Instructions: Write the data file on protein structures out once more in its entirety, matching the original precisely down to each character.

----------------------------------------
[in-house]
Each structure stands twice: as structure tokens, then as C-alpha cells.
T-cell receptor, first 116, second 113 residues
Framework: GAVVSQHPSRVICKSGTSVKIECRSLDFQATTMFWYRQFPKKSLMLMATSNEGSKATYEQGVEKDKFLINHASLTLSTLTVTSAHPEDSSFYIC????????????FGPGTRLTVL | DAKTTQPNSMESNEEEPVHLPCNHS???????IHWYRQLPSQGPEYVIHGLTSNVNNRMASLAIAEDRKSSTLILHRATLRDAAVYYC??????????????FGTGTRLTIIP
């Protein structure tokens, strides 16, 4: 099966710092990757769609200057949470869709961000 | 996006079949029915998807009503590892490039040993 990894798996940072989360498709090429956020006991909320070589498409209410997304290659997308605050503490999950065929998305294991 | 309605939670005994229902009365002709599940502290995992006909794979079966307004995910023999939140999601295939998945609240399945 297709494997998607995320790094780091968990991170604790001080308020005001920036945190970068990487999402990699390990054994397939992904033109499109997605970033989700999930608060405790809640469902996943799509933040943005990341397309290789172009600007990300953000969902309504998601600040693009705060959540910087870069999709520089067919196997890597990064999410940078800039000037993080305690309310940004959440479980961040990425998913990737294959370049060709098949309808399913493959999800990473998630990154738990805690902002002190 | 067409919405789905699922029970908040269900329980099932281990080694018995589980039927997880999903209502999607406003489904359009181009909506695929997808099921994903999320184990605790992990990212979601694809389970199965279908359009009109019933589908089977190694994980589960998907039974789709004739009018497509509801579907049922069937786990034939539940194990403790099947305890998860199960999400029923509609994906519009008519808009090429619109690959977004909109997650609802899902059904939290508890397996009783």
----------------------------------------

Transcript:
[in-house]
Each structure stands twice: as structure tokens, then as C-alpha cells.
T-cell receptor, first 116, second 113 residues
Framework: GAVVSQHPSRVICKSGTSVKIECRSLDFQATTMFWYRQFPKKSLMLMATSNEGSKATYEQGVEKDKFLINHASLTLSTLTVTSAHPEDSSFYIC????????????FGPGTRLTVL | DAKTTQPNSMESNEEEPVHLPCNHS???????IHWYRQLPSQGPEYVIHGLTSNVNNRMASLAIAEDRKSSTLILHRATLRDAAVYYC??????????????FGTGTRLTIIP
């Protein structure tokens, strides 16, 4: 099966710092990757769609200057949470869709961000 | 996006079949029915998807009503590892490039040993 990894798996940072989360498709090429956020006991909320070589498409209410997304290659997308605050503490999950065929998305294991 | 309605939670005994229902009365002709599940502290995992006909794979079966307004995910023999939140999601295939998945609240399945 297709494997998607995320790094780091968990991170604790001080308020005001920036945190970068990487999402990699390990054994397939992904033109499109997605970033989700999930608060405790809640469902996943799509933040943005990341397309290789172009600007990300953000969902309504998601600040693009705060959540910087870069999709520089067919196997890597990064999410940078800039000037993080305690309310940004959440479980961040990425998913990737294959370049060709098949309808399913493959999800990473998630990154738990805690902002002190 | 067409919405789905699922029970908040269900329980099932281990080694018995589980039927997880999903209502999607406003489904359009181009909506695929997808099921994903999320184990605790992990990212979601694809389970199965279908359009009109019933589908089977190694994980589960998907039974789709004739009018497509509801579907049922069937786990034939539940194990403790099947305890998860199960999400029923509609994906519009008519808009090429619109690959977004909109997650609802899902059904939290508890397996009783």